As Cathy and I pack up our Christmas CDs and tapes (yes, tapes) for another year, it’s impossible for me to look back on the music that fills my holiday memories without saluting the woman responsible for so much of my development as a musician and a person in general.
So I’m dedicating this blog post to someone who was not only a teacher and mentor during my childhood years at Ecole L’Ardoise in Richmond County, Cape Breton, but also became a treasured friend and supporter throughout my adult years, Nancy Sampson.
Until she became my cursive-writing teacher in the third grade, I only saw “Miss Nancy” sporadically and had a vague idea that she was the mother of one of my classmates, Tanya Adamsson (now Tanya Ruppell). The two of them shared common features over the years; the five-year-old version of me determined this one day when Nancy knocked on the door of our Grade Primary classroom and I blurted out, in a moment that has followed me around for the following four decades: “Oh, look! A big Tanya!”
A few years later, in the fall of 1981, I began my Grade Four year by auditioning for the children’s choir that Nancy directed. My performance of “O Canada” did the trick, and soon I was joining roughly two dozen other Ecole L’Ardoise students to sing at regular Catholic Mass services at Holy Guardian Angels Church, and to perform at school functions such as the school’s annual Christmas concert.
It was at these December events that I got my first glimpse at “Miss Nancy’s” wide-ranging musical tastes and her skill at encouraging a bright, colourful, unified vocal and musical performance from the diverse group of preteens assembled in front of her. Amid the usual Christmas song choices – “Joy To The World,” “Silent Night” and so forth – we also got the chance to sing such contemporary songs as Kenny Rogers’ “Christmas Everyday” and the John Denver compositions “What One Man Can Do” – which Nancy adapted as “What One Child Can Do” – and “It’s About Time.”
For my first Christmas experience with “Miss Nancy’s” choir, the standout “modern” piece was Chris deBurgh’s “A Spaceman Came Travelling.” Originally released to little fanfare on deBurgh’s 1975 album Spanish Train and Other Stories, the song described Jesus’ birth as being viewed by an alien visitor whose ship “hung in the sky like a star” – with the pledge that the “song” accompanying the events in Bethlehem would “begin once again, to a baby’s cry” two thousand years later.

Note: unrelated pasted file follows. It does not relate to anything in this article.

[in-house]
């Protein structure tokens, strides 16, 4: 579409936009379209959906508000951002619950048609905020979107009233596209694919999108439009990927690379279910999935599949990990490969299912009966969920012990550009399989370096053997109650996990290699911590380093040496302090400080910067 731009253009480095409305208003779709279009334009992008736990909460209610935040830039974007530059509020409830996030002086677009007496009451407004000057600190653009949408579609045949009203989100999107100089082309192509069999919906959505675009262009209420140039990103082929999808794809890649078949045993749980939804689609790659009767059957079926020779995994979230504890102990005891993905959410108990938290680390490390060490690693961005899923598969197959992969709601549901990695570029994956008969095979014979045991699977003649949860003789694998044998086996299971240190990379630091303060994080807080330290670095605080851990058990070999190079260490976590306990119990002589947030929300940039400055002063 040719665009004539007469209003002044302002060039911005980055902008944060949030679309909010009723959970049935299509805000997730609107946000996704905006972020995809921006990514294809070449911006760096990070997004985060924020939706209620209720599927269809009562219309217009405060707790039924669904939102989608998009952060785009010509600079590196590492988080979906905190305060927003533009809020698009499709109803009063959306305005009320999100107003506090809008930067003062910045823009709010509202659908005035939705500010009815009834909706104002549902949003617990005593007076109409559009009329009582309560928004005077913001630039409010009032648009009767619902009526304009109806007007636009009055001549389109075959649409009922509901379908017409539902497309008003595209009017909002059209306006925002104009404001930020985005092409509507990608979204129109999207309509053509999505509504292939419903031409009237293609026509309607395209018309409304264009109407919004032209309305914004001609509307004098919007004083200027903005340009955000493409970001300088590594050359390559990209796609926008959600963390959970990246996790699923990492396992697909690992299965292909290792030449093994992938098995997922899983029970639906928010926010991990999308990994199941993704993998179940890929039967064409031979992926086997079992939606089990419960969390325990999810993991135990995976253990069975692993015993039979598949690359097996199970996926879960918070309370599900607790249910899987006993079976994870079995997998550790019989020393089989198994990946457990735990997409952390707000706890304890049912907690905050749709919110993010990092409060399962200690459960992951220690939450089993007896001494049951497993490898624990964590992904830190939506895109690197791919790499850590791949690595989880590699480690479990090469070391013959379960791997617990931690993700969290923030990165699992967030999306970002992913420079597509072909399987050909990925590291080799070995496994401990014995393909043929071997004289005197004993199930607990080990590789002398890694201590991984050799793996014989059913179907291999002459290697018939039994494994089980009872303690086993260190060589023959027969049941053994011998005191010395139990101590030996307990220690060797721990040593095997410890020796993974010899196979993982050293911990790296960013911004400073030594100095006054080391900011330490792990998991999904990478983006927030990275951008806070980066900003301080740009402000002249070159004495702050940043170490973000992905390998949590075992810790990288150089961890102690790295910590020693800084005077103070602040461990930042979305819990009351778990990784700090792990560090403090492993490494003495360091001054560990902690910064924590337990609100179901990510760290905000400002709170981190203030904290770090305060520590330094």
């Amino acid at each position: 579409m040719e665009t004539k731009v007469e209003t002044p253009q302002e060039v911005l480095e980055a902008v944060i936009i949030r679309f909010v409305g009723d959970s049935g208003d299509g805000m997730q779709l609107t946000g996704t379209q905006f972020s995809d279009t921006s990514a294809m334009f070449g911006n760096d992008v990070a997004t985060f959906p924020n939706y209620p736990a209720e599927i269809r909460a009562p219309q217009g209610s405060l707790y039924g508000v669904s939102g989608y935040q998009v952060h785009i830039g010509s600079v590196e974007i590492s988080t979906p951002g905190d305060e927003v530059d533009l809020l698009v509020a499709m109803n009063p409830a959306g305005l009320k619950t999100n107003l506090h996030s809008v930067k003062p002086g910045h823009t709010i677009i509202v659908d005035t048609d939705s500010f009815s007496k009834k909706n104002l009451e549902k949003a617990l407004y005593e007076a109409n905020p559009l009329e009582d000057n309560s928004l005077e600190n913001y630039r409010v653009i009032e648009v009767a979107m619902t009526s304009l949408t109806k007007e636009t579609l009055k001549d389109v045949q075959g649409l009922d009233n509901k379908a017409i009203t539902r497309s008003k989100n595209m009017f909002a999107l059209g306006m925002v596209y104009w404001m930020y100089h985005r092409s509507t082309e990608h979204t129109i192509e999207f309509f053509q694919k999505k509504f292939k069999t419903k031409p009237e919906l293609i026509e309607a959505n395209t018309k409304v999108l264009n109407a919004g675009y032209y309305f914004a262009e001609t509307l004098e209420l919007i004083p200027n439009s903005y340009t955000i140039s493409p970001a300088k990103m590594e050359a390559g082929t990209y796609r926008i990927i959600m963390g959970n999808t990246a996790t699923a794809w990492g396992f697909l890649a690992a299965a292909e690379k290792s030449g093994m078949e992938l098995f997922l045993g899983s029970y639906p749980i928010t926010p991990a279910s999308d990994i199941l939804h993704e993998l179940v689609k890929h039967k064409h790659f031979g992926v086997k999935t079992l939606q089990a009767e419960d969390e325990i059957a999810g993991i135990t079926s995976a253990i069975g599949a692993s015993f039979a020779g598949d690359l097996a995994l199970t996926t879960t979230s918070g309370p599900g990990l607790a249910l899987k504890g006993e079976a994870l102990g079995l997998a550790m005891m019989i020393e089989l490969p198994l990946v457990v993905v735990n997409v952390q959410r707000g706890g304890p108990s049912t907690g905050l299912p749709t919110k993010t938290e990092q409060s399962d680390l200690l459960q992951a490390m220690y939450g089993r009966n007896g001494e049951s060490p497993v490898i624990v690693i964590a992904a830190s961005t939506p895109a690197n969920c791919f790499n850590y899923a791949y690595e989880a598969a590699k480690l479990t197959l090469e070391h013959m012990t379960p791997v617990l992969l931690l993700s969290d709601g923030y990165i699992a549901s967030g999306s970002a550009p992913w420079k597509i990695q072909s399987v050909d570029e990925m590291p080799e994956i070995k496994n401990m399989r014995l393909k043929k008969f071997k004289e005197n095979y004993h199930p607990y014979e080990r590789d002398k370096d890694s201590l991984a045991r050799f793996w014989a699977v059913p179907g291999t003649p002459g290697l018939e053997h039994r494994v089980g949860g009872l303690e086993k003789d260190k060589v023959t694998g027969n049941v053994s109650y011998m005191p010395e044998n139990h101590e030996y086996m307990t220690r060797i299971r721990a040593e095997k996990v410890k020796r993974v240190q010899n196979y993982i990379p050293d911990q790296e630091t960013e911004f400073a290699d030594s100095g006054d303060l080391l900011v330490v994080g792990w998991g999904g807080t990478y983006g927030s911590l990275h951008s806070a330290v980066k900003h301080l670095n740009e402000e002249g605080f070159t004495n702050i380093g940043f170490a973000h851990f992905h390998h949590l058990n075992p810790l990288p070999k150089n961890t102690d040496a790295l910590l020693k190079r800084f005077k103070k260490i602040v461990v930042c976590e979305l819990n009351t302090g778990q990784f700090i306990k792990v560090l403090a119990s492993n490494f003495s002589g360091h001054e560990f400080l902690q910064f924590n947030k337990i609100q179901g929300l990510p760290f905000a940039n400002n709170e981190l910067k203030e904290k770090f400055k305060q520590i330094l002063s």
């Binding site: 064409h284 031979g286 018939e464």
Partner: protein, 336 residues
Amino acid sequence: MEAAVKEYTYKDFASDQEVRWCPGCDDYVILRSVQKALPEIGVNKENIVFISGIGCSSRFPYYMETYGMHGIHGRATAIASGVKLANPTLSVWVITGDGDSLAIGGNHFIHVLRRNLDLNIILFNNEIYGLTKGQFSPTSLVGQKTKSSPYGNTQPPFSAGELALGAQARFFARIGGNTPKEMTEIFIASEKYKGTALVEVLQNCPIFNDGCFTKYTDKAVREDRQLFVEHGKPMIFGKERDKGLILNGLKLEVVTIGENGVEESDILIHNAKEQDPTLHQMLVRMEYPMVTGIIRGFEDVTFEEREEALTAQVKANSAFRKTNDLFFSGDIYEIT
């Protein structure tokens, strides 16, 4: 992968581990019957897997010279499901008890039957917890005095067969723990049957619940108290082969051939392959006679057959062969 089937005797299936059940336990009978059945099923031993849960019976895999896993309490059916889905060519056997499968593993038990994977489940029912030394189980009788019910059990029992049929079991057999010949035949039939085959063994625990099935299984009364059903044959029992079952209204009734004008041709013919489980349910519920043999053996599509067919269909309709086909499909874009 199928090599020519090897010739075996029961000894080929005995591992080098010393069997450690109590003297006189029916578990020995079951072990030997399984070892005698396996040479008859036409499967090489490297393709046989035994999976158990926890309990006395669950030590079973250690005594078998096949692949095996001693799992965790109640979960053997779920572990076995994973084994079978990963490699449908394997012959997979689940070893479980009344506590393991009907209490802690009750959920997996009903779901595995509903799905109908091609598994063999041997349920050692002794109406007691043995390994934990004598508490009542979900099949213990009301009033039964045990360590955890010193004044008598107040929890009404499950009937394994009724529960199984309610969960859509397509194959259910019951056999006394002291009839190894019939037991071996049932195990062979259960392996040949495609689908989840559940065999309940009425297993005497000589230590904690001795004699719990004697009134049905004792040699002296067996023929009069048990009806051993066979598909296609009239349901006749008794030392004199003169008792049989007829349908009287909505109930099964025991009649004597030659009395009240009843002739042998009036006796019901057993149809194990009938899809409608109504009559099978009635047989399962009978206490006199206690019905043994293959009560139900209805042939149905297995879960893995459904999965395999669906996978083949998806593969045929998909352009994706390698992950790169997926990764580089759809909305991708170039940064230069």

Reviewing “A Spaceman Came Travelling” with my new college friends during our first year at Halifax’s University of King’s College in 1990, I was struck by the use of prophecy in deBurgh’s lyrics and the concept that this song that was such a vibrant part of my childhood Christmas memories could be interpreted in so many ways, including the possibility of Christ’s return and/or the rapture in the year 2000. It added several layers of new perspective to Nancy Sampson’s inventive and courageous choice of the song for a public school Christmas concert – complete with on-stage depictions of the song’s spacecraft and the visiting alien (both aided and abetted by copious amounts of aluminum foil), not to mention “a mother and child, lying there on a bed.”
(Below: The L’Ardoise Children’s Choir, singing “A Spaceman Came Travelling” and several other songs for the 1981 Ecole L’Ardoise Christmas concert. I believe I’m on the far right of the second row from the top.)
One year after our original performance, “A Spaceman Came Travelling” resurfaced during one of my favourite Christmas musical moments. In December 1982, CBC Radio’s Cape Breton wing sent sound technicians to Holy Guardian Angels Church to record the L’Ardoise Children’s Choir and the additional participants in the school’s Christmas pageant for broadcast on the station’s weekday afternoon show. Everything went smoothly but we could sense some tension in the sanctuary when it came time to record “A Spaceman Came Travelling.”
This was one of the most complicated pieces we had ever attempted as a choir, and even as the smart-alecky grade-school kids that we were, I suspect we wanted to get it right – for the radio listeners, for “Miss Nancy,” for our school, for ourselves. So we took a deep breath, and one of our choir’s three musical accompanists at the time – Ecole L’Ardoise physical education teacher John Kennedy – launched into the opening notes of the guitar arrangement he had prepared for the song a year earlier.
And, somehow, we got it in one take.
How did we know we had “got it”? Well, you see, as soon as the final guitar notes faded away at the end of the song, “Miss Nancy” did a silent but impossible-to-ignore victory dance that rivalled even the NFL’s most boisterous end-zone touchdown celebrations. Never one to keep her emotions bottled up, “Miss Nancy’s” dance of joy is among the most vibrant of my Christmas memories and resurfaces every single time I hear “A Spaceman Came Travelling” – especially the cassette copy of the official 1982 CBC Radio recording that I still have in my music collection to this day.